The First International Critical Mixed Race Studies Conference was held at DePaul University in Chicago, Illinois in the USA on November 5-6, 2010. According to reports (sadly I could not make it because I’m too poor!) — all programs were packed and/or standing room only and provided a vibrant atmosphere for community-building, alliance-building, critical discussion and thought, and efforts to think and re-think racialization in the context of issues of identities, gender(s), sexualities, class, nationalities, allegiences, fissures, parallels, disjunctures, and their relation to geopolitics, dominant narratives and the trope of the self.
From a privileged standpoint, and especially in the United States and the global north, issues of race, racism and racialization are couched only in the realm of identity and access to higher privilege, a sort of normalization of the current world system. The question of social justice was raised by certain keynote speakers and others within various presentations and discussions, asking people to think about how the creation and process of racialization may repeat and maintain the current systems of domination, in the world. How can a ‘mixed race pedagogy’ begin to address and actually begin and thoroughly intervene into the maintance of current traumas, violations, genocide, and invisiblization that passes for security, comfort, safety, and nation along with a privileging of being ‘mixed race’ and or monoracial? How does ‘race’ and the process of creating racial categories and re-ifying ‘race,’ carry the impetus through which racisms could be practiced in our lives and between communities and nations? How does NOT speaking about race also create further demarcations that make racism ‘normal’ and ‘tragic’ and ‘sad’ and ‘natural,’ thus portraying it as an aspect of life that has nothing to do with our own realities and/or ignorance and refusal? How can these dynamics be shifted?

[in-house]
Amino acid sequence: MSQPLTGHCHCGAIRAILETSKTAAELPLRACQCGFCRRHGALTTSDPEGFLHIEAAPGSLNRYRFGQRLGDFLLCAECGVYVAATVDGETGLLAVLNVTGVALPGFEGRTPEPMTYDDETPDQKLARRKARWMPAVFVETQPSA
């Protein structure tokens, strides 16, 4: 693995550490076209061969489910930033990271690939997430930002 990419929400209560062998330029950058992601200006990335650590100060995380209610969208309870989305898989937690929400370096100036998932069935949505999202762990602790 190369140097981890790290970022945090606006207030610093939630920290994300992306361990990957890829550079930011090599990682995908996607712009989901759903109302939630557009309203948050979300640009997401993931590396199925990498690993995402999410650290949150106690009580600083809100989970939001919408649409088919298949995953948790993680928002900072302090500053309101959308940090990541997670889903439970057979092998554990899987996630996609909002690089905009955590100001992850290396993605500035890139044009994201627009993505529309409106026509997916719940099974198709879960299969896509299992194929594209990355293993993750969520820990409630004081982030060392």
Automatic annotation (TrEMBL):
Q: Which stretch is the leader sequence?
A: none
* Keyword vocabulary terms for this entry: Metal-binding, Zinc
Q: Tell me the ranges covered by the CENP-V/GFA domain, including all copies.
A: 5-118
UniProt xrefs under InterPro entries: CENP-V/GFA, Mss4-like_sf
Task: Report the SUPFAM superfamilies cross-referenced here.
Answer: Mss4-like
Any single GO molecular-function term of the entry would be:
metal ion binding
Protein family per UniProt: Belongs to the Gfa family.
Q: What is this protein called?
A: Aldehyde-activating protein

Congratulations to the conference organizers: Camilla Fojas, Wei-Ming Dariotis and Laura Kina, for pulling off what I gather, was a highly successful and promising event that we hope will become an annual event!!!!
More information can be seen here:
Excellent reflection on the conference by Laura Kina, one of the organizers of this conference: